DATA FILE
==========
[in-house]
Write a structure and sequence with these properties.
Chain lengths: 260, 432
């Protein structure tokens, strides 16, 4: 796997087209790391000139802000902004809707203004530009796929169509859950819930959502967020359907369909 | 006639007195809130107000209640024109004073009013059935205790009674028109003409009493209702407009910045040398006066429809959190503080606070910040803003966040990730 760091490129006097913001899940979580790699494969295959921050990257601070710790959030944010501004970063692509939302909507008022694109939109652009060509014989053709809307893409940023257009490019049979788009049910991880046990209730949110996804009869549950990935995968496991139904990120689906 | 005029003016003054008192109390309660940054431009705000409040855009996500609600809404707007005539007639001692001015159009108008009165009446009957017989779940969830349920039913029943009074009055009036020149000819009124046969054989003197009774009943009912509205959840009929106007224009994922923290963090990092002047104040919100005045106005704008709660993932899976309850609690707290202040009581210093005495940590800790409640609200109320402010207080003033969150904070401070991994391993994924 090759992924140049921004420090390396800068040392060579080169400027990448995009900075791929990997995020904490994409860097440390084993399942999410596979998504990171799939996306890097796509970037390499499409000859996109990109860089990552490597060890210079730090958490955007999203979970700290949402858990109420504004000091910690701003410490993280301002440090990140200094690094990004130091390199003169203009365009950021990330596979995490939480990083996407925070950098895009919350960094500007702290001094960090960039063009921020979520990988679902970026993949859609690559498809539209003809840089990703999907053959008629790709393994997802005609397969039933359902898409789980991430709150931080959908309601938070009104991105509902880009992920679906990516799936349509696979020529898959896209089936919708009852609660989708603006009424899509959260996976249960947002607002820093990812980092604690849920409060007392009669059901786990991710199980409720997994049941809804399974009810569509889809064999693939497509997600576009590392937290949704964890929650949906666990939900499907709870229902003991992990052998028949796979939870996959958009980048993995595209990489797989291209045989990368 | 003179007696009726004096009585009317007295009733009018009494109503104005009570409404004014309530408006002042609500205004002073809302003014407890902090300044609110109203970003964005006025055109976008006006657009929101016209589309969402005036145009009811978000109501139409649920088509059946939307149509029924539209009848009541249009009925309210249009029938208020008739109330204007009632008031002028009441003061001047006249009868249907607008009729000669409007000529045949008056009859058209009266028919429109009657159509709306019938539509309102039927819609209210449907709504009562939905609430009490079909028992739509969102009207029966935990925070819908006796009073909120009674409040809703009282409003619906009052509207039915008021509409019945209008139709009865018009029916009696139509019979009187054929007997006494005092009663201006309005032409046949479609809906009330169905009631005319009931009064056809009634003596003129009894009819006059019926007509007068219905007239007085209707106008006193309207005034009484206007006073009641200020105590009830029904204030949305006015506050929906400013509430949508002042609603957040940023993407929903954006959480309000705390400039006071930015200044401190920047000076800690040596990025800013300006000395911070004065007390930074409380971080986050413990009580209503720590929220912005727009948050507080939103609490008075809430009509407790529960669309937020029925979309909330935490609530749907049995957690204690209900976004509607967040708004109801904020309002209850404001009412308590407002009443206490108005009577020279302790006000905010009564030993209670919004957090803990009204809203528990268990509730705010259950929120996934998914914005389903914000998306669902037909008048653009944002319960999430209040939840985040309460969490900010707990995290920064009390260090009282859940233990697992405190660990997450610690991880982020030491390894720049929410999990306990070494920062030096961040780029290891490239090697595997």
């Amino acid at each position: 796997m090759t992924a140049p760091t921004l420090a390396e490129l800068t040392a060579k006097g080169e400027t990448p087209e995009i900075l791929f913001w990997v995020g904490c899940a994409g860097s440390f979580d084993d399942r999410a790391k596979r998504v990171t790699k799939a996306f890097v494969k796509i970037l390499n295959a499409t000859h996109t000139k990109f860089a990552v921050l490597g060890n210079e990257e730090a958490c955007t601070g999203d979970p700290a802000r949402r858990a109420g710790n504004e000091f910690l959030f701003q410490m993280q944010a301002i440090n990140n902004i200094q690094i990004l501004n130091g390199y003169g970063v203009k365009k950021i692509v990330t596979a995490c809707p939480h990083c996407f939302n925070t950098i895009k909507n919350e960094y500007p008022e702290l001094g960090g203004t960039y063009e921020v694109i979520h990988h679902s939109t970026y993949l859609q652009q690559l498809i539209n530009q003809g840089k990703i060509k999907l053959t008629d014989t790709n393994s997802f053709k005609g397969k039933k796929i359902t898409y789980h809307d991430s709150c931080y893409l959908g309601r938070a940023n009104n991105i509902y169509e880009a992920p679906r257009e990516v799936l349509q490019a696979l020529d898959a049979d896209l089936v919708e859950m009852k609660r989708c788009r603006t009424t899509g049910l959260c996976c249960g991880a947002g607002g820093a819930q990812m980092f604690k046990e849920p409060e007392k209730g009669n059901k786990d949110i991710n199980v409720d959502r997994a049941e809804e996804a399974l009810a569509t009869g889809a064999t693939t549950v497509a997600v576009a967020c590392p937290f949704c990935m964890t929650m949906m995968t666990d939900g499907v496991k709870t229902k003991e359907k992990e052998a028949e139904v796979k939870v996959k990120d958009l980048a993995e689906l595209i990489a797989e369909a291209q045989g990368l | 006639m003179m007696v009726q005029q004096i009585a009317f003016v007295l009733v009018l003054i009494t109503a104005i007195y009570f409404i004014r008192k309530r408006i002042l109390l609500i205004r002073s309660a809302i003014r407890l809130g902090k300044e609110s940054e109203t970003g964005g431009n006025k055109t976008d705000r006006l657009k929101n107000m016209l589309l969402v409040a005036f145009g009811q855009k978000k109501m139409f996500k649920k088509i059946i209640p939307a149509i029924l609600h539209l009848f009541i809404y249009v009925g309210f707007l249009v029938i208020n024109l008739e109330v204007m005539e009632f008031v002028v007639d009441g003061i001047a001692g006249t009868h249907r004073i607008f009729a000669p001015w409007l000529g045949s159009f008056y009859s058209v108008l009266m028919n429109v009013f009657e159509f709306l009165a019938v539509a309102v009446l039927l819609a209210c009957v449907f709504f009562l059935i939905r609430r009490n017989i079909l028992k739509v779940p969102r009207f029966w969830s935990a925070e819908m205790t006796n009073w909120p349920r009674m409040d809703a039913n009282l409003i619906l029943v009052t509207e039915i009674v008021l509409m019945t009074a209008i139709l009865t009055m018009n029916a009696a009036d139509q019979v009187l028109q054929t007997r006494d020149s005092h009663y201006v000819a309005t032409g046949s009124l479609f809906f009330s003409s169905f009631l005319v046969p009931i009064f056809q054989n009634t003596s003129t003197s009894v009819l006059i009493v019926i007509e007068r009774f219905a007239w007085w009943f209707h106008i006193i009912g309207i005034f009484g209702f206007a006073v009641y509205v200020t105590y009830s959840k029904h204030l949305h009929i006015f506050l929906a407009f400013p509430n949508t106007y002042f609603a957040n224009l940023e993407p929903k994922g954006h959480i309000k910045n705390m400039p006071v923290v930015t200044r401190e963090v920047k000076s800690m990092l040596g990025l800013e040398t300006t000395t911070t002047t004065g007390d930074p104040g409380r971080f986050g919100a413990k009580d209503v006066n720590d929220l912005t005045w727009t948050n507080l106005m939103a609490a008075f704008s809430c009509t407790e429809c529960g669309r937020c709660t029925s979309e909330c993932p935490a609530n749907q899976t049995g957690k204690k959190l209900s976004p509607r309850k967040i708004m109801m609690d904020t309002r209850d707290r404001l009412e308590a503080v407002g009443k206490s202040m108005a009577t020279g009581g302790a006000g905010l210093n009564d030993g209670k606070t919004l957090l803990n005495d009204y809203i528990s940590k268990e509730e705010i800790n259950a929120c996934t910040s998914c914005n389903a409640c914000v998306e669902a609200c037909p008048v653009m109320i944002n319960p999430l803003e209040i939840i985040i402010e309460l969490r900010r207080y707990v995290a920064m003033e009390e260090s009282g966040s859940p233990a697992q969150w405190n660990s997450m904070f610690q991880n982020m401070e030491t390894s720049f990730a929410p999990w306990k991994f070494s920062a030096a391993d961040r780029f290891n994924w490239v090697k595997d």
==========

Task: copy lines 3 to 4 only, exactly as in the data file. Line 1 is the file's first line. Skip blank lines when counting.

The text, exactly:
Chain lengths: 260, 432
């Protein structure tokens, strides 16, 4: 796997087209790391000139802000902004809707203004530009796929169509859950819930959502967020359907369909 | 006639007195809130107000209640024109004073009013059935205790009674028109003409009493209702407009910045040398006066429809959190503080606070910040803003966040990730 760091490129006097913001899940979580790699494969295959921050990257601070710790959030944010501004970063692509939302909507008022694109939109652009060509014989053709809307893409940023257009490019049979788009049910991880046990209730949110996804009869549950990935995968496991139904990120689906 | 005029003016003054008192109390309660940054431009705000409040855009996500609600809404707007005539007639001692001015159009108008009165009446009957017989779940969830349920039913029943009074009055009036020149000819009124046969054989003197009774009943009912509205959840009929106007224009994922923290963090990092002047104040919100005045106005704008709660993932899976309850609690707290202040009581210093005495940590800790409640609200109320402010207080003033969150904070401070991994391993994924 090759992924140049921004420090390396800068040392060579080169400027990448995009900075791929990997995020904490994409860097440390084993399942999410596979998504990171799939996306890097796509970037390499499409000859996109990109860089990552490597060890210079730090958490955007999203979970700290949402858990109420504004000091910690701003410490993280301002440090990140200094690094990004130091390199003169203009365009950021990330596979995490939480990083996407925070950098895009919350960094500007702290001094960090960039063009921020979520990988679902970026993949859609690559498809539209003809840089990703999907053959008629790709393994997802005609397969039933359902898409789980991430709150931080959908309601938070009104991105509902880009992920679906990516799936349509696979020529898959896209089936919708009852609660989708603006009424899509959260996976249960947002607002820093990812980092604690849920409060007392009669059901786990991710199980409720997994049941809804399974009810569509889809064999693939497509997600576009590392937290949704964890929650949906666990939900499907709870229902003991992990052998028949796979939870996959958009980048993995595209990489797989291209045989990368 | 003179007696009726004096009585009317007295009733009018009494109503104005009570409404004014309530408006002042609500205004002073809302003014407890902090300044609110109203970003964005006025055109976008006006657009929101016209589309969402005036145009009811978000109501139409649920088509059946939307149509029924539209009848009541249009009925309210249009029938208020008739109330204007009632008031002028009441003061001047006249009868249907607008009729000669409007000529045949008056009859058209009266028919429109009657159509709306019938539509309102039927819609209210449907709504009562939905609430009490079909028992739509969102009207029966935990925070819908006796009073909120009674409040809703009282409003619906009052509207039915008021509409019945209008139709009865018009029916009696139509019979009187054929007997006494005092009663201006309005032409046949479609809906009330169905009631005319009931009064056809009634003596003129009894009819006059019926007509007068219905007239007085209707106008006193309207005034009484206007006073009641200020105590009830029904204030949305006015506050929906400013509430949508002042609603957040940023993407929903954006959480309000705390400039006071930015200044401190920047000076800690040596990025800013300006000395911070004065007390930074409380971080986050413990009580209503720590929220912005727009948050507080939103609490008075809430009509407790529960669309937020029925979309909330935490609530749907049995957690204690209900976004509607967040708004109801904020309002209850404001009412308590407002009443206490108005009577020279302790006000905010009564030993209670919004957090803990009204809203528990268990509730705010259950929120996934998914914005389903914000998306669902037909008048653009944002319960999430209040939840985040309460969490900010707990995290920064009390260090009282859940233990697992405190660990997450610690991880982020030491390894720049929410999990306990070494920062030096961040780029290891490239090697595997």